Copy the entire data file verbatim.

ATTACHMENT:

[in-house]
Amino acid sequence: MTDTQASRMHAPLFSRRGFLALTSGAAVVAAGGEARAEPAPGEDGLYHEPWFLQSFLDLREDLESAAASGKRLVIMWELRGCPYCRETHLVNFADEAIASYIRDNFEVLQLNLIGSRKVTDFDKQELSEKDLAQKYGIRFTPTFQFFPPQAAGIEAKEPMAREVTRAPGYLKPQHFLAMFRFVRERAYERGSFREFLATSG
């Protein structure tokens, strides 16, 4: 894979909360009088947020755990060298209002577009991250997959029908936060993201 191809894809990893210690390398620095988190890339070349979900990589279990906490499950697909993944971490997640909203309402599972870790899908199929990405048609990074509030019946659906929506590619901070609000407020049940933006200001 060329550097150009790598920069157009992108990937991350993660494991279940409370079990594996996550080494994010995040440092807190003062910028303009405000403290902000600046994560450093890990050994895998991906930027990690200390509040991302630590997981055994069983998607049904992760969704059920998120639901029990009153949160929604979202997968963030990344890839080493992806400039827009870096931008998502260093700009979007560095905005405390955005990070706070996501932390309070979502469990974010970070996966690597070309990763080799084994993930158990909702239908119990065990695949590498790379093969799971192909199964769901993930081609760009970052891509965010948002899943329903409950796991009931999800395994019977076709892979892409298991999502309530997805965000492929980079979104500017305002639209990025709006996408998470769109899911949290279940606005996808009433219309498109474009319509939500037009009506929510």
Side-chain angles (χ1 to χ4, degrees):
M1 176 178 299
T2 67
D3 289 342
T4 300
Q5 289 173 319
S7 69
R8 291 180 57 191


[in-house]
Amino acid sequence: MTDTQASRMHAPLFSRRGFLALTSGAAVVAAGGEARAEPAPGEDGLYHEPWFLQSFLDLREDLESAAASGKRLVIMWELRGCPYCRETHLVNFADEAIASYIRDNFEVLQLNLIGSRKVTDFDKQELSEKDLAQKYGIRFTPTFQFFPPQAAGIEAKEPMAREVTRAPGYLKPQHFLAMFRFVRERAYERGSFREFLATSG
């Protein structure tokens, strides 16, 4: 894979909360009088947020755990060298209002577009991250997959029908936060993201 191809894809990893210690390398620095988190890339070349979900990589279990906490499950697909993944971490997640909203309402599972870790899908199929990405048609990074509030019946659906929506590619901070609000407020049940933006200001 060329550097150009790598920069157009992108990937991350993660494991279940409370079990594996996550080494994010995040440092807190003062910028303009405000403290902000600046994560450093890990050994895998991906930027990690200390509040991302630590997981055994069983998607049904992760969704059920998120639901029990009153949160929604979202997968963030990344890839080493992806400039827009870096931008998502260093700009979007560095905005405390955005990070706070996501932390309070979502469990974010970070996966690597070309990763080799084994993930158990909702239908119990065990695949590498790379093969799971192909199964769901993930081609760009970052891509965010948002899943329903409950796991009931999800395994019977076709892979892409298991999502309530997805965000492929980079979104500017305002639209990025709006996408998470769109899911949290279940606005996808009433219309498109474009319509939500037009009506929510």
Side-chain angles (χ1 to χ4, degrees):
M1 176 178 299
T2 67
D3 289 342
T4 300
Q5 289 173 319
S7 69
R8 291 180 57 191